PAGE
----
When talking about web application architecture today, everyone talks about microservices. It often seems like there is only one way to build up a web application, the microservices way. As we all know, there the truth is rarely absolute. While I was using Jersey microservices in my last job, I now have to deal with a monolith and furthermore I worked with the Spring Cloud/Netflix stack for a university project, where we had to transform a monolith to a complete microservices architecture. In this post, I will try to recap both architecture styles and show that there is something beyond.
When talking about a monolith web application, we think about one large application, where everything is included in one single project or container. This could be a basic Spring/Struts/Jsp/Hibernate war/jar container, where even the frontend is included. Basically modules are separated by interfaces on the language level and modules are coupled by method invocation. This is the base project, which I used at the university.
Microservices in comparison are small, loosely coupled parts of web services, where each module is a stand-alone web application. Basically microservices are a implementation of SOA, but with REST instead of this horrible SOAP stuff. Communication between these fragments is done by HTTP and optimally through a proxy and service registry and with a edge server. The service registry is a core concept in microservices architecture. Every service registers there and asks for other services. This is the same application with microservices, which would be a great example of over engineering. Read more about microservices here.
So at the end we trade method invocations against HTTP calls in the case a microservice consumes another microservice.
It should be clear, that this trade is an expensive trade, when thinking about performance. Http is much slower than a method call, even if we call the method via RMI. So why should we do something like this?
Well the first major advantage is the language independence. The Rest service doesn’t care about if there is Java, php or .Net behind the API. This is not an advantage of microservice, it is an advantage of RESTful web services in general.
Some other positive side effects from microservices are
- Required to separate concerns on a use case level
- Think about modular design
- Stable interfaces and versioning
- Independent team works (could also lead to “I don’t care”)
But not everything is that positive, besides the huge performance impact microservices add a huge complexity to the application, even if frameworks like spring cloud try to overcome the issue of service failure and network problems, with caching strategies and eventually consistency, we still must deal with the network problems and distributed transactions. Furthermore, deployment is much more complex, debugging and testing is harder and much more work to do. We also need to have a DevOps and a continuous integration environment.
The smarter way using microservices is to use them directly from the frontend (via a gateway), so the additional HTTP calls are only involved between microservices itself. With that architecture you need a modular frontend, which can handle this kind of different APIs (react.js, angular or another fancy javascritp l ibrary). Here you also need to introduce something like OAUTH to secure the services.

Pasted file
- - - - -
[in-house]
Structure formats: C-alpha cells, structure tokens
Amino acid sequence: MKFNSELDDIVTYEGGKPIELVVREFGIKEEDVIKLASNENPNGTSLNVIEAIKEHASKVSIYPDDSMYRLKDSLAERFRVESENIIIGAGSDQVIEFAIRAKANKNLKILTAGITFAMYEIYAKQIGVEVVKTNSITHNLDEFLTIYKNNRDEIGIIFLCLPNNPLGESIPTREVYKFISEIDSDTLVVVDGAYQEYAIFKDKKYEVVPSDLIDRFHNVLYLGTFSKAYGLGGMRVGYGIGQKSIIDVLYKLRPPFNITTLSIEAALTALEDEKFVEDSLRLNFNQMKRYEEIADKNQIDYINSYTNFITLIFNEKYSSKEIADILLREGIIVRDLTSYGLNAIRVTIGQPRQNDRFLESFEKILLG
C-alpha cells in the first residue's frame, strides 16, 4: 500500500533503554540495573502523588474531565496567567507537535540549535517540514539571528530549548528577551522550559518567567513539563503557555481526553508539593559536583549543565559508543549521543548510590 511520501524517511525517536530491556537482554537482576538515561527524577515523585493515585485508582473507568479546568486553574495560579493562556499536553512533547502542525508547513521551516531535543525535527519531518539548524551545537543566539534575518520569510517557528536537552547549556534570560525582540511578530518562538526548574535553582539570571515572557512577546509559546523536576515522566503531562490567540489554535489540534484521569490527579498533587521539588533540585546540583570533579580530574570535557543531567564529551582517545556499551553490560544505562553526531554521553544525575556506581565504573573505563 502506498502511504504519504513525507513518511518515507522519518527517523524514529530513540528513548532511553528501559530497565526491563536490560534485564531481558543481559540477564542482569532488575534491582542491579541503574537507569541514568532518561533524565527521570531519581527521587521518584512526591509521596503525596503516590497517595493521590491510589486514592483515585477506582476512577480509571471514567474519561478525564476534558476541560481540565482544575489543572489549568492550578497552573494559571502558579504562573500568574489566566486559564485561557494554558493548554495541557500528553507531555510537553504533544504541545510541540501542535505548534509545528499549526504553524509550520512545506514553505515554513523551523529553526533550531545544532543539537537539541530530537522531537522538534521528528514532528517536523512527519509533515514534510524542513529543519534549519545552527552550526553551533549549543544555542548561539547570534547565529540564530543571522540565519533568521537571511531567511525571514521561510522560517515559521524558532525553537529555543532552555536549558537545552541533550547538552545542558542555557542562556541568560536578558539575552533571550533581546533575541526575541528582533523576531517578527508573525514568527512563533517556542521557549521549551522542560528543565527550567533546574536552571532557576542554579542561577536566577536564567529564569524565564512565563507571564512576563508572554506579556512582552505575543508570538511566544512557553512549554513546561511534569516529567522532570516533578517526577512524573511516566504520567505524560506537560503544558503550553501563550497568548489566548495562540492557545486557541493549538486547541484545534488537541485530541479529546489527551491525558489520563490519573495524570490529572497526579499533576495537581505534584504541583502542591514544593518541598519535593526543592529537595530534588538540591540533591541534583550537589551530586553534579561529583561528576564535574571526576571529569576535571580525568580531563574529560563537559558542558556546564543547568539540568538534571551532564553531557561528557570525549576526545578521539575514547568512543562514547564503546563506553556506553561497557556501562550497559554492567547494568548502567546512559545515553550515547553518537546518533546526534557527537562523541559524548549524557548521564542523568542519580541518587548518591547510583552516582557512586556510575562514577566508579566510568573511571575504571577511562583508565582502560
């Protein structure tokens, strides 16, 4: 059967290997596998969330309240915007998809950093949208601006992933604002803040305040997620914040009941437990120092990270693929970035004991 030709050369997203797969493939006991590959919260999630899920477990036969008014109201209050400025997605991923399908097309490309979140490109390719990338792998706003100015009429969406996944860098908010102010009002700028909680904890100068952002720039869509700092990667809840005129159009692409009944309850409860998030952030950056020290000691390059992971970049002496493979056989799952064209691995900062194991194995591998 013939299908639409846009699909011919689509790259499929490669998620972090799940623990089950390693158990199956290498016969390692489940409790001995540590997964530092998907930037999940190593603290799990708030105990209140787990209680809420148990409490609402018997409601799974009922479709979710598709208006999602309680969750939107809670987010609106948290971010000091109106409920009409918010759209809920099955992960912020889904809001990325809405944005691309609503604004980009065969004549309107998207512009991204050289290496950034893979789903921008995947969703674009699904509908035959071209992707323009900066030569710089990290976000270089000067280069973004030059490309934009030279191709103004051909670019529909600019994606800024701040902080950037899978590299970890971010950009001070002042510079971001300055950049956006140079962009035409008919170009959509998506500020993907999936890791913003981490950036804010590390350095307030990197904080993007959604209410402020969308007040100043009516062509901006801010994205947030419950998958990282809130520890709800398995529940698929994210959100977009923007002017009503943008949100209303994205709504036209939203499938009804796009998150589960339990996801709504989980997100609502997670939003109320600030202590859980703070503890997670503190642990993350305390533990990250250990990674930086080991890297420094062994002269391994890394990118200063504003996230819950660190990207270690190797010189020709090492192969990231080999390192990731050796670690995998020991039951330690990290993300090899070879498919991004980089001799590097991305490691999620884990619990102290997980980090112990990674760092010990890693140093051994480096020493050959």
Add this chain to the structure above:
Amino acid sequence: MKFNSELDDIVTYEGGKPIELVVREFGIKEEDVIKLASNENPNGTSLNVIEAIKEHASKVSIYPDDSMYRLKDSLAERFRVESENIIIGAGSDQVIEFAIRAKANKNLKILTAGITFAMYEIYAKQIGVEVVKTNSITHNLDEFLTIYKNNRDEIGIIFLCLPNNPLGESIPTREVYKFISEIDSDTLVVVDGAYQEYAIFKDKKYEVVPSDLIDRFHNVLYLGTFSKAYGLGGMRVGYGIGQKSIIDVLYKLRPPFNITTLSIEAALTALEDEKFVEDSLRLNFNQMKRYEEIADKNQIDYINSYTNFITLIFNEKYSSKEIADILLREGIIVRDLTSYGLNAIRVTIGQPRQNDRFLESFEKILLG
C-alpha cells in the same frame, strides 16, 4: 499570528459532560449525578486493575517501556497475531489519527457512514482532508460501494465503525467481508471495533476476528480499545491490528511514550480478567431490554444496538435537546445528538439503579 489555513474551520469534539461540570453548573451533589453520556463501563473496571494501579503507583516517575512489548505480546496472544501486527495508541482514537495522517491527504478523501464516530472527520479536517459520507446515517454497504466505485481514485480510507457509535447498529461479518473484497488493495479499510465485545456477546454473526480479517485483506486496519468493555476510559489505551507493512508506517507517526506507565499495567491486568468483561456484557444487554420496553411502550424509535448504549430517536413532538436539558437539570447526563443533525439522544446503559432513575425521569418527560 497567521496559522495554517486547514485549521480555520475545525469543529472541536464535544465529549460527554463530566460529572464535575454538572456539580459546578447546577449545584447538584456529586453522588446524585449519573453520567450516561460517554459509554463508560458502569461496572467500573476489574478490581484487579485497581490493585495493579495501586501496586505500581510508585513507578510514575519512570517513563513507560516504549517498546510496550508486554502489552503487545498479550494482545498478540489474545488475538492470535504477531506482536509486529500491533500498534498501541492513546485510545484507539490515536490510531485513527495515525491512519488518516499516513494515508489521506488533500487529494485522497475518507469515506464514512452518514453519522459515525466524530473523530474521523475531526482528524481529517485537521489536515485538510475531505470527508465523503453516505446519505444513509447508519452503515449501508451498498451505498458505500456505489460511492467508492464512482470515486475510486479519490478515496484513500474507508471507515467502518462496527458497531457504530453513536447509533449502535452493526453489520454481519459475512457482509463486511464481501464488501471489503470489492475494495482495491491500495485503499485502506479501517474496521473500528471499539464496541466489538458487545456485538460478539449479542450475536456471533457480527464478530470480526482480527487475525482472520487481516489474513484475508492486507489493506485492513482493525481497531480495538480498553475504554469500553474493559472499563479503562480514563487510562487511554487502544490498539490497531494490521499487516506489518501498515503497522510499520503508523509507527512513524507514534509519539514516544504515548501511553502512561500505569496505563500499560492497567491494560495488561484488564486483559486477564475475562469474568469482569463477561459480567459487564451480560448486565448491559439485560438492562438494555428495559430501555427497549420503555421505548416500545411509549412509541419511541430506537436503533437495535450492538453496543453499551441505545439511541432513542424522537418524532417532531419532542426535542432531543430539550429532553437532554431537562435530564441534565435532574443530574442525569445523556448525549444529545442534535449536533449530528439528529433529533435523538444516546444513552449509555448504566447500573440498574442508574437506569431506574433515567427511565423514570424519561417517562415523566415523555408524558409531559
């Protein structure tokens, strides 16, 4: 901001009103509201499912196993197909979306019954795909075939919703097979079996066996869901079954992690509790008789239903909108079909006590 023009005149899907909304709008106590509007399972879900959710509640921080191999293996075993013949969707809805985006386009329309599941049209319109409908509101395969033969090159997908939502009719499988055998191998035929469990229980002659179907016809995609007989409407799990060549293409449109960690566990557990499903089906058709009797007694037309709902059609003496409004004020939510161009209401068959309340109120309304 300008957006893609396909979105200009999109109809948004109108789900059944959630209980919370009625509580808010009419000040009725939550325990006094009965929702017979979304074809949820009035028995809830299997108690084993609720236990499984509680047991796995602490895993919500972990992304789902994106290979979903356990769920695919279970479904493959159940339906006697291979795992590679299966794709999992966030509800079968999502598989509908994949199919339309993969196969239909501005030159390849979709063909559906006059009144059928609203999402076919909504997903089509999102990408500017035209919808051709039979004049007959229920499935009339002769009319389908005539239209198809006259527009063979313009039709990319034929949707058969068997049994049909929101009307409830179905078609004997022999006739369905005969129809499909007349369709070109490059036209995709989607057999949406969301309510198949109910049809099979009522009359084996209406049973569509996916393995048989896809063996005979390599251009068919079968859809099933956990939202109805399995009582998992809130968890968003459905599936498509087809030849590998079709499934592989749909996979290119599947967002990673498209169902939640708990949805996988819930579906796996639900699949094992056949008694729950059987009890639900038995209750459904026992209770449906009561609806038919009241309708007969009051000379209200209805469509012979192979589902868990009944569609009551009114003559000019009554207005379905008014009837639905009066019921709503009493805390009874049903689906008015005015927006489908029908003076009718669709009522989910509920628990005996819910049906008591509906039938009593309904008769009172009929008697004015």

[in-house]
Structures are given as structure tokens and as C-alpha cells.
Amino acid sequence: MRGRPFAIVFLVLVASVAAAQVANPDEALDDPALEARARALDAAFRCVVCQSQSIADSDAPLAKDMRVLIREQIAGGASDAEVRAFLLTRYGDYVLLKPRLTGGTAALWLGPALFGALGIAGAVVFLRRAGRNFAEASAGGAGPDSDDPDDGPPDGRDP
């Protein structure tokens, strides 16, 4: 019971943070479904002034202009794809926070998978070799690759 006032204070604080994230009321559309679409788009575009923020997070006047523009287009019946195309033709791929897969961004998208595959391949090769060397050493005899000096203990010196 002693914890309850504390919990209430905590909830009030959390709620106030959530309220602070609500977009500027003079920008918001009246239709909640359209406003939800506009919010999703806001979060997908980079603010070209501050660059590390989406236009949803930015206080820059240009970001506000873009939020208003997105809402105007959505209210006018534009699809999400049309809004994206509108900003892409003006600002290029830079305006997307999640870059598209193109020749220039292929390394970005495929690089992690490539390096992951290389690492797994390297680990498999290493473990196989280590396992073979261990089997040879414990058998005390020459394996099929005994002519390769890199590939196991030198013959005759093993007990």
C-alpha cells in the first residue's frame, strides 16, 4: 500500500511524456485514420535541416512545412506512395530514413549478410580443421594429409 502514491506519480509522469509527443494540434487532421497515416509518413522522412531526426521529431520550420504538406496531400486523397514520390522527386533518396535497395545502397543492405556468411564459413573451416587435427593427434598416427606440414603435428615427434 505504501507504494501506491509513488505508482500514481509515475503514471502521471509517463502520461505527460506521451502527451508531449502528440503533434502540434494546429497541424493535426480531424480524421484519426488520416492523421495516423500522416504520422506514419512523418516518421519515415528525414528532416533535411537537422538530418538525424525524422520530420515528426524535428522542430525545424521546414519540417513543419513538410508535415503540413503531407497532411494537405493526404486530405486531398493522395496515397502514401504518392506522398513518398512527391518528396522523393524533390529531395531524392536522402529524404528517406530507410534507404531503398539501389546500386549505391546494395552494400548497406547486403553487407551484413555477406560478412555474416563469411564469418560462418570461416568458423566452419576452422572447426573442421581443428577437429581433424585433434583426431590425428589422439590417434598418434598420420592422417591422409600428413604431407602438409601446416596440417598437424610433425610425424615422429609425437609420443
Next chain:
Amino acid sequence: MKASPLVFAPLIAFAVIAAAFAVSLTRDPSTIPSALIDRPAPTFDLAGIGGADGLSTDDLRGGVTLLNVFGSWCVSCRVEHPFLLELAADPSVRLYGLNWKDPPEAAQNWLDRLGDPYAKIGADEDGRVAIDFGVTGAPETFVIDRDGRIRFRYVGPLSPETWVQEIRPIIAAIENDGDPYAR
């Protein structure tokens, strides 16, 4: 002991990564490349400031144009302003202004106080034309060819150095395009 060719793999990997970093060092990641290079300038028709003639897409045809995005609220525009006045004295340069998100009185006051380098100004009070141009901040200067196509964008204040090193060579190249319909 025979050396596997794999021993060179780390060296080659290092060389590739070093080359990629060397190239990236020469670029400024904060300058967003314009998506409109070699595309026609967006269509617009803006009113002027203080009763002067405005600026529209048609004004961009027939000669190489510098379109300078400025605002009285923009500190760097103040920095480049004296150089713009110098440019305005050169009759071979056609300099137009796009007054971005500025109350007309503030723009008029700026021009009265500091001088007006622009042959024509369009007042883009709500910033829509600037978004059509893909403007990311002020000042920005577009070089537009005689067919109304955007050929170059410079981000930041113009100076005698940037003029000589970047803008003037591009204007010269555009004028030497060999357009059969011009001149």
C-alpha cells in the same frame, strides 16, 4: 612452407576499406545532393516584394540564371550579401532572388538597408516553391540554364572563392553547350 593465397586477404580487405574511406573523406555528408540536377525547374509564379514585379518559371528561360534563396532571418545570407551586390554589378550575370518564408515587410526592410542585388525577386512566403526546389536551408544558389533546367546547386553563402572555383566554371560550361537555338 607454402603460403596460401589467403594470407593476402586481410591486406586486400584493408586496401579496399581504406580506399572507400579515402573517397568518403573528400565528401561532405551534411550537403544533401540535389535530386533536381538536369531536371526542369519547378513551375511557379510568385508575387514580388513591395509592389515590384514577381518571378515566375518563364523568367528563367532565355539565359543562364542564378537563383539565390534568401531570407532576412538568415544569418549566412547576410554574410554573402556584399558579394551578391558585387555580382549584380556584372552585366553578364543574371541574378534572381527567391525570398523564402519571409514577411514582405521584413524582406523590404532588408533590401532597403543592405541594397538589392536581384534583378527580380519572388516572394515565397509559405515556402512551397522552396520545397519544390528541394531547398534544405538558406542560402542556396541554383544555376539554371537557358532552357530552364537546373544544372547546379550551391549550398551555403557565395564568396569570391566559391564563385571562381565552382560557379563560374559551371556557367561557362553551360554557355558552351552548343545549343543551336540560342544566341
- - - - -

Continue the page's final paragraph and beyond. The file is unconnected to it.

So would it be worth to introduce network communication just to have more independent modules, which could be also done with more time investigation on design? I don’t think so, so what is the point of microservices?
Yes, its scalability. Just think about a monolith application, which is complex and scaled by adding hardware. Feature by feature the application grows and the hardware does too. We all know, that the there is a limit of doing so and finally another node is added and extra work is needed to deal with synchronization and so on.
Maybe one single module in the container is the reason why the performance goes down, but there is no way to separate it, due the application is too big and too complex. Here microservices would be beneficial. Every single module can be scaled individually and furthermore it can be scaled automatically (e.g. docker). That’s the point of microservices.
While it makes no sense to build a simple small web shop with microservices, like in the university example, it also makes no sense to integrate a processing intensive task into the monolith or even built a high-availability application the monolith way. So there is no best architecture, it depends on the application.
I think one problem behind many monoliths is that the design has become inappropriate, so that components can´t be separated. The next problem with very big monoliths is, that developers tend to put all things in, even if they could be separated into small projects, maybe because they don´t get the extra time or just want to get the things done. Working in large Teams on monoliths is often a problem, when side effects occur.
My thought is, identify the components, which could be potential performance killers in the future and build them with the microservice idea in mind, so that it would be possible to separate them later or just make them available as a REST API, which is used by the monolith.